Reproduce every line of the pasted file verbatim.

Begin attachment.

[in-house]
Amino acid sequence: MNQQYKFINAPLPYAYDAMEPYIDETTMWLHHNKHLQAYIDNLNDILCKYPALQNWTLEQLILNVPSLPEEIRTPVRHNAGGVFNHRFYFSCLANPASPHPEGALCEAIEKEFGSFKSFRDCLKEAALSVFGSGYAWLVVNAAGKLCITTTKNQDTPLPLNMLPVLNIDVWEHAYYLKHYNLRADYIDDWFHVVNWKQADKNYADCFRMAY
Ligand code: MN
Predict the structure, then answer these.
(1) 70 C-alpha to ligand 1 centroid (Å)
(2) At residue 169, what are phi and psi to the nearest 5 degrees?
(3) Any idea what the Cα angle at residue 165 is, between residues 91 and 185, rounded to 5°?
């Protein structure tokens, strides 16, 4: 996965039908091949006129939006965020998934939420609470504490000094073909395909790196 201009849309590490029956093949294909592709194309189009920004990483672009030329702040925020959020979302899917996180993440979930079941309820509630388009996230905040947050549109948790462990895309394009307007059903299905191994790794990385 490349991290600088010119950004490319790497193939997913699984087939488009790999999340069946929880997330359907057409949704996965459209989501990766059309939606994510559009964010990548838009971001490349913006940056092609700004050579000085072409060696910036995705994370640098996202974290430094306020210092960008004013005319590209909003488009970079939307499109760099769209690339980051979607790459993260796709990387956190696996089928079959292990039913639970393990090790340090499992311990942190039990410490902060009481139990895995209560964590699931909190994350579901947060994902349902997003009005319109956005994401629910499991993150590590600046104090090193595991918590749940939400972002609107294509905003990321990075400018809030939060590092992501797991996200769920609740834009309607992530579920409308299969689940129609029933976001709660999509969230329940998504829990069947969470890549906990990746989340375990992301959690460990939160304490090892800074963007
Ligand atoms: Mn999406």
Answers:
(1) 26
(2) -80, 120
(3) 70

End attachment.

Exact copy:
[in-house]
Amino acid sequence: MNQQYKFINAPLPYAYDAMEPYIDETTMWLHHNKHLQAYIDNLNDILCKYPALQNWTLEQLILNVPSLPEEIRTPVRHNAGGVFNHRFYFSCLANPASPHPEGALCEAIEKEFGSFKSFRDCLKEAALSVFGSGYAWLVVNAAGKLCITTTKNQDTPLPLNMLPVLNIDVWEHAYYLKHYNLRADYIDDWFHVVNWKQADKNYADCFRMAY
Ligand code: MN
Predict the structure, then answer these.
(1) 70 C-alpha to ligand 1 centroid (Å)
(2) At residue 169, what are phi and psi to the nearest 5 degrees?
(3) Any idea what the Cα angle at residue 165 is, between residues 91 and 185, rounded to 5°?
């Protein structure tokens, strides 16, 4: 996965039908091949006129939006965020998934939420609470504490000094073909395909790196 201009849309590490029956093949294909592709194309189009920004990483672009030329702040925020959020979302899917996180993440979930079941309820509630388009996230905040947050549109948790462990895309394009307007059903299905191994790794990385 490349991290600088010119950004490319790497193939997913699984087939488009790999999340069946929880997330359907057409949704996965459209989501990766059309939606994510559009964010990548838009971001490349913006940056092609700004050579000085072409060696910036995705994370640098996202974290430094306020210092960008004013005319590209909003488009970079939307499109760099769209690339980051979607790459993260796709990387956190696996089928079959292990039913639970393990090790340090499992311990942190039990410490902060009481139990895995209560964590699931909190994350579901947060994902349902997003009005319109956005994401629910499991993150590590600046104090090193595991918590749940939400972002609107294509905003990321990075400018809030939060590092992501797991996200769920609740834009309607992530579920409308299969689940129609029933976001709660999509969230329940998504829990069947969470890549906990990746989340375990992301959690460990939160304490090892800074963007
Ligand atoms: Mn999406």
Answers:
(1) 26
(2) -80, 120
(3) 70